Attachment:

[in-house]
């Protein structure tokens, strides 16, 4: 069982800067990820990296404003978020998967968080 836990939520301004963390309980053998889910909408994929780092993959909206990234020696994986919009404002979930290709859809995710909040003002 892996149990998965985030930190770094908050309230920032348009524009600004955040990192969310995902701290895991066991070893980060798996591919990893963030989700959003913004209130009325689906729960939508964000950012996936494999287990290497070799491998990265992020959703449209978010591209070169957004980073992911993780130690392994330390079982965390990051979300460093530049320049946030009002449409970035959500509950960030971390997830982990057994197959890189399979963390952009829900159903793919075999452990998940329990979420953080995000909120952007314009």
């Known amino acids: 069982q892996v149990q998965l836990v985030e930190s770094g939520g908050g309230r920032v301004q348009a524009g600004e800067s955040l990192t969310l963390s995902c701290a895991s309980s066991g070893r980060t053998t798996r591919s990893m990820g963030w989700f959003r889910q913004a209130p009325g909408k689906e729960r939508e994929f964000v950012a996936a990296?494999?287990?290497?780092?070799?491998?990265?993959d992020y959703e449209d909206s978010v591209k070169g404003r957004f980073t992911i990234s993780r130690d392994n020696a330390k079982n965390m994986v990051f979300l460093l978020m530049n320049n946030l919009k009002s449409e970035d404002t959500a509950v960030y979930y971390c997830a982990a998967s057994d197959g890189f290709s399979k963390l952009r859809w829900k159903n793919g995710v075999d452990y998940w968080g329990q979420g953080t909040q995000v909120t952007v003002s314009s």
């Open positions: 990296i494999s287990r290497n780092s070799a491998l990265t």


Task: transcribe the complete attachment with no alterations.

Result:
[in-house]
């Protein structure tokens, strides 16, 4: 069982800067990820990296404003978020998967968080 836990939520301004963390309980053998889910909408994929780092993959909206990234020696994986919009404002979930290709859809995710909040003002 892996149990998965985030930190770094908050309230920032348009524009600004955040990192969310995902701290895991066991070893980060798996591919990893963030989700959003913004209130009325689906729960939508964000950012996936494999287990290497070799491998990265992020959703449209978010591209070169957004980073992911993780130690392994330390079982965390990051979300460093530049320049946030009002449409970035959500509950960030971390997830982990057994197959890189399979963390952009829900159903793919075999452990998940329990979420953080995000909120952007314009």
């Known amino acids: 069982q892996v149990q998965l836990v985030e930190s770094g939520g908050g309230r920032v301004q348009a524009g600004e800067s955040l990192t969310l963390s995902c701290a895991s309980s066991g070893r980060t053998t798996r591919s990893m990820g963030w989700f959003r889910q913004a209130p009325g909408k689906e729960r939508e994929f964000v950012a996936a990296?494999?287990?290497?780092?070799?491998?990265?993959d992020y959703e449209d909206s978010v591209k070169g404003r957004f980073t992911i990234s993780r130690d392994n020696a330390k079982n965390m994986v990051f979300l460093l978020m530049n320049n946030l919009k009002s449409e970035d404002t959500a509950v960030y979930y971390c997830a982990a998967s057994d197959g890189f290709s399979k963390l952009r859809w829900k159903n793919g995710v075999d452990y998940w968080g329990q979420g953080t909040q995000v909120t952007v003002s314009s």
């Open positions: 990296i494999s287990r290497n780092s070799a491998l990265t």